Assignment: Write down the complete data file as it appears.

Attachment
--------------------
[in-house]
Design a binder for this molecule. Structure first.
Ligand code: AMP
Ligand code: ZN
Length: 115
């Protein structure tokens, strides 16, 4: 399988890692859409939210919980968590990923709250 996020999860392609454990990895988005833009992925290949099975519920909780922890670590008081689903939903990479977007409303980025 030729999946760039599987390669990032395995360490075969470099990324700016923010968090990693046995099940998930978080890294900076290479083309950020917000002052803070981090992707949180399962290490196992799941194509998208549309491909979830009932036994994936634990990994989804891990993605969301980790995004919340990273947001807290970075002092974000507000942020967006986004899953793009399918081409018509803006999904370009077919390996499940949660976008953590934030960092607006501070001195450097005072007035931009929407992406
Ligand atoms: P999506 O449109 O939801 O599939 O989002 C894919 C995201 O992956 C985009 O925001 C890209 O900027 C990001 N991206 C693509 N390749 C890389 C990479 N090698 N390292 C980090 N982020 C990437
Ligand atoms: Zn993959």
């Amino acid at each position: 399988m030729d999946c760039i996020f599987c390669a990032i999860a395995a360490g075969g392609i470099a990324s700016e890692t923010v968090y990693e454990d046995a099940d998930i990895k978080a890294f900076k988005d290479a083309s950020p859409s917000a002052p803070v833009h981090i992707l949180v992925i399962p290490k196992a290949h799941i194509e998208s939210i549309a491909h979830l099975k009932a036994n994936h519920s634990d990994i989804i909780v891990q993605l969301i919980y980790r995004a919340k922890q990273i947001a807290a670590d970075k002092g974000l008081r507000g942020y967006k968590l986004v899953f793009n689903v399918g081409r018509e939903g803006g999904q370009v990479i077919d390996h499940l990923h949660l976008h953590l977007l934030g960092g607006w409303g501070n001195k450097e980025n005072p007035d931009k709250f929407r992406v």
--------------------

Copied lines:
[in-house]
Design a binder for this molecule. Structure first.
Ligand code: AMP
Ligand code: ZN
Length: 115
């Protein structure tokens, strides 16, 4: 399988890692859409939210919980968590990923709250 996020999860392609454990990895988005833009992925290949099975519920909780922890670590008081689903939903990479977007409303980025 030729999946760039599987390669990032395995360490075969470099990324700016923010968090990693046995099940998930978080890294900076290479083309950020917000002052803070981090992707949180399962290490196992799941194509998208549309491909979830009932036994994936634990990994989804891990993605969301980790995004919340990273947001807290970075002092974000507000942020967006986004899953793009399918081409018509803006999904370009077919390996499940949660976008953590934030960092607006501070001195450097005072007035931009929407992406
Ligand atoms: P999506 O449109 O939801 O599939 O989002 C894919 C995201 O992956 C985009 O925001 C890209 O900027 C990001 N991206 C693509 N390749 C890389 C990479 N090698 N390292 C980090 N982020 C990437
Ligand atoms: Zn993959």
């Amino acid at each position: 399988m030729d999946c760039i996020f599987c390669a990032i999860a395995a360490g075969g392609i470099a990324s700016e890692t923010v968090y990693e454990d046995a099940d998930i990895k978080a890294f900076k988005d290479a083309s950020p859409s917000a002052p803070v833009h981090i992707l949180v992925i399962p290490k196992a290949h799941i194509e998208s939210i549309a491909h979830l099975k009932a036994n994936h519920s634990d990994i989804i909780v891990q993605l969301i919980y980790r995004a919340k922890q990273i947001a807290a670590d970075k002092g974000l008081r507000g942020y967006k968590l986004v899953f793009n689903v399918g081409r018509e939903g803006g999904q370009v990479i077919d390996h499940l990923h949660l976008h953590l977007l934030g960092g607006w409303g501070n001195k450097e980025n005072p007035d931009k709250f929407r992406v």